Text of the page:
If subjects do not want to participate, they need to easily be able to withdraw, as there can’t be any power imbalance between the data subject and the organisation. In this case, consent may have to be renewed and reconsidered multiple times.
How to Adapt GDPR
In order to remain compliant with the GDPR, it’s best to begin by understanding the individual requirements of the policy.
The servers where you store information should be located in Europe, meaning that data cannot be sent outside of the EU – this includes Cloud services. Consent is also required for all information that is collected.
Not only is consent needed, but the manner in which consent is obtained is important too. Boxes cannot be pre-ticked and silence is not considered to be an affirmation to collect information.
Everything must be obtained with explicit consent from the subject.
If you’re working with any type of data, it’s mandatory to keep all of your data transparent. The subject must be in the loop for all aspects of data collection, transfer and use.
They need to know what you will be using their data for and if you plan on transferring that data anywhere else.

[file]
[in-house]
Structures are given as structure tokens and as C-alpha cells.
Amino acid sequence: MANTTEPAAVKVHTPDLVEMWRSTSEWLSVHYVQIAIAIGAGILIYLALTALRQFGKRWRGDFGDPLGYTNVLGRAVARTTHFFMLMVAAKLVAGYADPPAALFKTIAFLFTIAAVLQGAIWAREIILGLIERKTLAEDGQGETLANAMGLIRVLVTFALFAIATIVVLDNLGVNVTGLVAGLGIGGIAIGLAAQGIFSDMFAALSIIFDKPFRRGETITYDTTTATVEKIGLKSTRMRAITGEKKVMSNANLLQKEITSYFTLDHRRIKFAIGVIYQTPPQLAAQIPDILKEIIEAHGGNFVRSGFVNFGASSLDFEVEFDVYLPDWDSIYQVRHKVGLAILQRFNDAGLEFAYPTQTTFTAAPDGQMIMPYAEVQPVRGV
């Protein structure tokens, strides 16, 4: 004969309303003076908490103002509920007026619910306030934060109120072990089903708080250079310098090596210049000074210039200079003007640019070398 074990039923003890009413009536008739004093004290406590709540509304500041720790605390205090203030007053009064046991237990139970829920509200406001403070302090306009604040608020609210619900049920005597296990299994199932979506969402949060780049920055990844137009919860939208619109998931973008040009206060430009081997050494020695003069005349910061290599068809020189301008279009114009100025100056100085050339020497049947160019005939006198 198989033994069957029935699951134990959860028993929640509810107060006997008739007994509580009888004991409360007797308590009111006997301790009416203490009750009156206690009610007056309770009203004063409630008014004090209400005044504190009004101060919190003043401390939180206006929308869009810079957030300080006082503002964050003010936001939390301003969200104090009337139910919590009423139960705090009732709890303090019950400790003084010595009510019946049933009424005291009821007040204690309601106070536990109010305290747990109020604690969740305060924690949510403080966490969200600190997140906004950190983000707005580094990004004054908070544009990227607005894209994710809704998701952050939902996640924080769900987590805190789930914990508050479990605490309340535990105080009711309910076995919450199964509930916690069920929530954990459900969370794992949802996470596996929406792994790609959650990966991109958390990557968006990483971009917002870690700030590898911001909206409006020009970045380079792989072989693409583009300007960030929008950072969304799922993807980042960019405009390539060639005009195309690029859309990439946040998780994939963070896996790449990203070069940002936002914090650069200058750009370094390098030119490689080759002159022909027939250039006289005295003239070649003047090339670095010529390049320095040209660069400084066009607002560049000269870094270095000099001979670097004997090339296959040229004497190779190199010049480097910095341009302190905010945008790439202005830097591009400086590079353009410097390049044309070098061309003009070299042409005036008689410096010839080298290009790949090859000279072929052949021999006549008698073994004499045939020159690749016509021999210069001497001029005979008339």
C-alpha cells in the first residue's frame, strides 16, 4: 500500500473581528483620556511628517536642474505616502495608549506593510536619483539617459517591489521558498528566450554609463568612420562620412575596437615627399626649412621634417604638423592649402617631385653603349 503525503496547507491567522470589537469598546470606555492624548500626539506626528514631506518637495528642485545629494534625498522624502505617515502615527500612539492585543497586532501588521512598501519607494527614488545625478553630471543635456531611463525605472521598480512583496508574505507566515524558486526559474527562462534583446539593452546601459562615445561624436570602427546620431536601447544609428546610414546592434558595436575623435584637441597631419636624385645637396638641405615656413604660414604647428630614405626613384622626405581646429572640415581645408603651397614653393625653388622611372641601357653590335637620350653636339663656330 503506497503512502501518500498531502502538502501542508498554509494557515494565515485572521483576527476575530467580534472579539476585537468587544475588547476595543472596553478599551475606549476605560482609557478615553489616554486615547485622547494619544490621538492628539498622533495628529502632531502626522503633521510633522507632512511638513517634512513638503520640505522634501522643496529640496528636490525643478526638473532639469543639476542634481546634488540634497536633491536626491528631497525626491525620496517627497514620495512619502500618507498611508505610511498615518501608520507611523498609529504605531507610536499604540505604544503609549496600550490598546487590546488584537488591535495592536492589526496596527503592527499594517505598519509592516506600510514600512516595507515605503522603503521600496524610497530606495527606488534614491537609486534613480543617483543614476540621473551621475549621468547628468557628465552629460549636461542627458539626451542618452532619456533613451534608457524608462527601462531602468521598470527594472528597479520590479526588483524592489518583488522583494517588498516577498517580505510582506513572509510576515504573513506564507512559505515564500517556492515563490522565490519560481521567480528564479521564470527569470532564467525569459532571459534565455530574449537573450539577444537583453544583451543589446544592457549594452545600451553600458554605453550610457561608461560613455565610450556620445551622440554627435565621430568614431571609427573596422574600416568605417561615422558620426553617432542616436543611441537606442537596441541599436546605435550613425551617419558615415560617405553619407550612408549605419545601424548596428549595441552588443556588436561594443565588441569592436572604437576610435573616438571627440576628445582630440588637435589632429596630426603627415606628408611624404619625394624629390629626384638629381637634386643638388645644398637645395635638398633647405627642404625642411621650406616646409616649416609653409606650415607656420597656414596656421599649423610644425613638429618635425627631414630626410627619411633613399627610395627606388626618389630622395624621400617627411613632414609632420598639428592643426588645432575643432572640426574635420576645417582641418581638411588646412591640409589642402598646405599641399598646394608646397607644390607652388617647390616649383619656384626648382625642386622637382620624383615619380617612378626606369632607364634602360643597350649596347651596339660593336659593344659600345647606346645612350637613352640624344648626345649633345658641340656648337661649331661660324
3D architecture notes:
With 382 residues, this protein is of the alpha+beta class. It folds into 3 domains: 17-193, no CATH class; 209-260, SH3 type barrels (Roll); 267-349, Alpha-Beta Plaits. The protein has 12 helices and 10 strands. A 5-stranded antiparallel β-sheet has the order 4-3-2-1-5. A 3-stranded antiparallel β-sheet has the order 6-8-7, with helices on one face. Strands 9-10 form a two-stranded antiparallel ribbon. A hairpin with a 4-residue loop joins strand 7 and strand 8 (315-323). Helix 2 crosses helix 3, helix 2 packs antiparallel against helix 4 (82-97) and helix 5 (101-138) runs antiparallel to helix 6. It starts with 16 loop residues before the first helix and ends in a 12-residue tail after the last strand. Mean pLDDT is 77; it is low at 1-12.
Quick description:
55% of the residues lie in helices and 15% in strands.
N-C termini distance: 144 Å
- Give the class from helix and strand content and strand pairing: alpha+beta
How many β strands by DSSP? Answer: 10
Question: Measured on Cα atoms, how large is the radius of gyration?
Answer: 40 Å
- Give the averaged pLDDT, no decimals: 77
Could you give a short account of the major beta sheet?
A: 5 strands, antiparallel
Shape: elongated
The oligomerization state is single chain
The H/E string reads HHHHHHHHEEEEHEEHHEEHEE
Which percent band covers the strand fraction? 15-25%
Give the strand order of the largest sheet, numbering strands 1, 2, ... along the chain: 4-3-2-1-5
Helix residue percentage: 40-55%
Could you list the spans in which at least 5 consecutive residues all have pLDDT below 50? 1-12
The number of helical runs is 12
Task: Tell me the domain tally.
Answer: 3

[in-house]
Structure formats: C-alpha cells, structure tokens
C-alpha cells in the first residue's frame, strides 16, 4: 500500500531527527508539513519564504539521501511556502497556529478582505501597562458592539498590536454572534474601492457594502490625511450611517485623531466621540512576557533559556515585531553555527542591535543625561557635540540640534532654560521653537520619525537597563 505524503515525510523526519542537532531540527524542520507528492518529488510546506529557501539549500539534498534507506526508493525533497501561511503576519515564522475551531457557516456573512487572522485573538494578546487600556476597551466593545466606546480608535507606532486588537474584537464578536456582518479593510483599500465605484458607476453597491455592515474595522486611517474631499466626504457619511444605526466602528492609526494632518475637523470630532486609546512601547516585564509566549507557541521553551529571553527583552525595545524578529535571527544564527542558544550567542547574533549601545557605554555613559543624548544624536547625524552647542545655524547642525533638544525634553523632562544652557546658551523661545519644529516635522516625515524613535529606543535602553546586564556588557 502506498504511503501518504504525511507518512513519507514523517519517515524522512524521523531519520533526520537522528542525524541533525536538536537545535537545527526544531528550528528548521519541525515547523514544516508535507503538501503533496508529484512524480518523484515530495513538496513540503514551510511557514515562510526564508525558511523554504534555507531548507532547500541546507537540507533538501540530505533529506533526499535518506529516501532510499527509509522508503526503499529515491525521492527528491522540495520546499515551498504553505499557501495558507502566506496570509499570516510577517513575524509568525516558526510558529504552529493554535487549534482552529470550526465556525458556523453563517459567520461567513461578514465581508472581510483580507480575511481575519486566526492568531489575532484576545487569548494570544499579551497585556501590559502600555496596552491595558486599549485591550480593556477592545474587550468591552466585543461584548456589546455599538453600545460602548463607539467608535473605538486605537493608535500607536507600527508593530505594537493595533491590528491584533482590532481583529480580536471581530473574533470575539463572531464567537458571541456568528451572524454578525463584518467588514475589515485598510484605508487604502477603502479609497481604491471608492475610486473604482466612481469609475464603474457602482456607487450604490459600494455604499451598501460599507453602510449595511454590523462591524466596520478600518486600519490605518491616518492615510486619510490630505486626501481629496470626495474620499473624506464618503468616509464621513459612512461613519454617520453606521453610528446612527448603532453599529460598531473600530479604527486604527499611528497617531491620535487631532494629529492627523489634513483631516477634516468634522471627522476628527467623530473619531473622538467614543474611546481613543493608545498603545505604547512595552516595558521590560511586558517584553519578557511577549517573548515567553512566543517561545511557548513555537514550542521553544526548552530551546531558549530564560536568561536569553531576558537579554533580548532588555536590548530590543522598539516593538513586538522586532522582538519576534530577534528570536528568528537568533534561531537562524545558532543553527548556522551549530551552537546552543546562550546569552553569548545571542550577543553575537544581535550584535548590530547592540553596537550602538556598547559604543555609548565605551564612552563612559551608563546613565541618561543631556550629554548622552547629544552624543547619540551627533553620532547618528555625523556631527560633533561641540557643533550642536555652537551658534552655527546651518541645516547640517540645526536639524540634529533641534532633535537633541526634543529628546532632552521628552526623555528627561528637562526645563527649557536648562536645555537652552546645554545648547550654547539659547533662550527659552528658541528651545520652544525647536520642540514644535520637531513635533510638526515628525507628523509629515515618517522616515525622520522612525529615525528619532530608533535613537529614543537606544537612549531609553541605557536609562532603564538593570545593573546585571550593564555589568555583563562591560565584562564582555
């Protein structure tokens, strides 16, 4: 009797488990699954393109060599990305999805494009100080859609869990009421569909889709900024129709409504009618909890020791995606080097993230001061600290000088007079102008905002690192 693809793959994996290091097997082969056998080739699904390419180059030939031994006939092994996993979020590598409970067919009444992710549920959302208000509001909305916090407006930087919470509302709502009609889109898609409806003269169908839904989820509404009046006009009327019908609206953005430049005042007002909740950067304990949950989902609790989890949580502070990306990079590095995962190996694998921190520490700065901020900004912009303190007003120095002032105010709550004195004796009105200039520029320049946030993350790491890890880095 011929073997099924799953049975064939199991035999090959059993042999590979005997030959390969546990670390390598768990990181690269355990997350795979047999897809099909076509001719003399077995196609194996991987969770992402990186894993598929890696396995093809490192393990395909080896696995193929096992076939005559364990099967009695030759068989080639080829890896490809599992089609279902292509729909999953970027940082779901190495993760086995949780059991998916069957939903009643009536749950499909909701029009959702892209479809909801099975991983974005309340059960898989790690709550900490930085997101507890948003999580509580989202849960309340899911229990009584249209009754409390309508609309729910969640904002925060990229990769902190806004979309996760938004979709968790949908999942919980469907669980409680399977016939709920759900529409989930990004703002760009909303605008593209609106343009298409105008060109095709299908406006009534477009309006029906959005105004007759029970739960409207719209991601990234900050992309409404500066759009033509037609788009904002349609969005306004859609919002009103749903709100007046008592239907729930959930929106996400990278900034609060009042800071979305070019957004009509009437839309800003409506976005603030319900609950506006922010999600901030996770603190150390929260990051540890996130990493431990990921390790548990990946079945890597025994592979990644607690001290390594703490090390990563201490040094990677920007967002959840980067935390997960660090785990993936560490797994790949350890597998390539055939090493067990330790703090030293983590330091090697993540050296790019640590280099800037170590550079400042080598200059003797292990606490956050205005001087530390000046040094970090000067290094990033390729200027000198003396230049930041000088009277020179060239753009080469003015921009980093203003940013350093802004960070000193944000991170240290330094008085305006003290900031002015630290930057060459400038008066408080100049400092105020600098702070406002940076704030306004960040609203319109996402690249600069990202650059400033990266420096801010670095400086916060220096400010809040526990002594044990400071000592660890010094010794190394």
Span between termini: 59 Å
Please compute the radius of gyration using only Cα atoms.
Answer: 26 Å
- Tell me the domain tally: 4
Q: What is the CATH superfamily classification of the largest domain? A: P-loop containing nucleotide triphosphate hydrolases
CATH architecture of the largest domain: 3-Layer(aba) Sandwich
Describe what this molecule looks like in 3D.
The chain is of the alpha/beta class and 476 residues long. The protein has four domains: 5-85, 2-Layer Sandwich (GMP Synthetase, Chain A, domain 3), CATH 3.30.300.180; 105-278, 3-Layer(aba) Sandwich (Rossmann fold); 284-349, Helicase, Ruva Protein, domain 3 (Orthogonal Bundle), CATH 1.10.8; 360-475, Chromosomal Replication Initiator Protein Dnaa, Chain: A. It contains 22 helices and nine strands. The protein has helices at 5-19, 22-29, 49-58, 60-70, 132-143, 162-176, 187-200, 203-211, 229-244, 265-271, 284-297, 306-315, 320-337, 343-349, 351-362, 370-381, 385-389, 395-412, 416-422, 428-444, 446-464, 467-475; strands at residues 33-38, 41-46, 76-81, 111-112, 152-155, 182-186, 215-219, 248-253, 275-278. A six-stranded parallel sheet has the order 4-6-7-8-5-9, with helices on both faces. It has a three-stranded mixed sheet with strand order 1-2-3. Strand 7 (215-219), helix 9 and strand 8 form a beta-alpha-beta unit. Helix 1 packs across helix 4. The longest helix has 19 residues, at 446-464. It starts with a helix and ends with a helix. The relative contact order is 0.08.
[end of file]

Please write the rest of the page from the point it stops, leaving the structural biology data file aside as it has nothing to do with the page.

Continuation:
The GDPR is also concerned with what type of data you’re storing. Only data that is needed for whatever service you’re providing should be stored – this is known as data minimisation.
Subjects should be able to ask what personal data companies are storing and why that data is needed. You’ll need to be able to relay this information while giving them the chance to opt-out.
Data Storage and Processing
The controllers and processors of data processing operations must create a record of all processing activities that they partake in. If your data processing operations are expected to continue past May 25th, 2018, all activities have to be recorded from that date onwards.
Purpose and Limitation
You must disclose the purpose of the data you’re using, although you don’t necessarily need consent when it comes to providing a service that is a legitimate interest of the individual. For instance, if a brand has a direct benefit, online marketing can count as a legitimate interest.
Companies must have a security certification that is not just a listing from a self-certifying body. A certification badge on a website is not enough to prove that you’re actually compliant with the new data protection laws.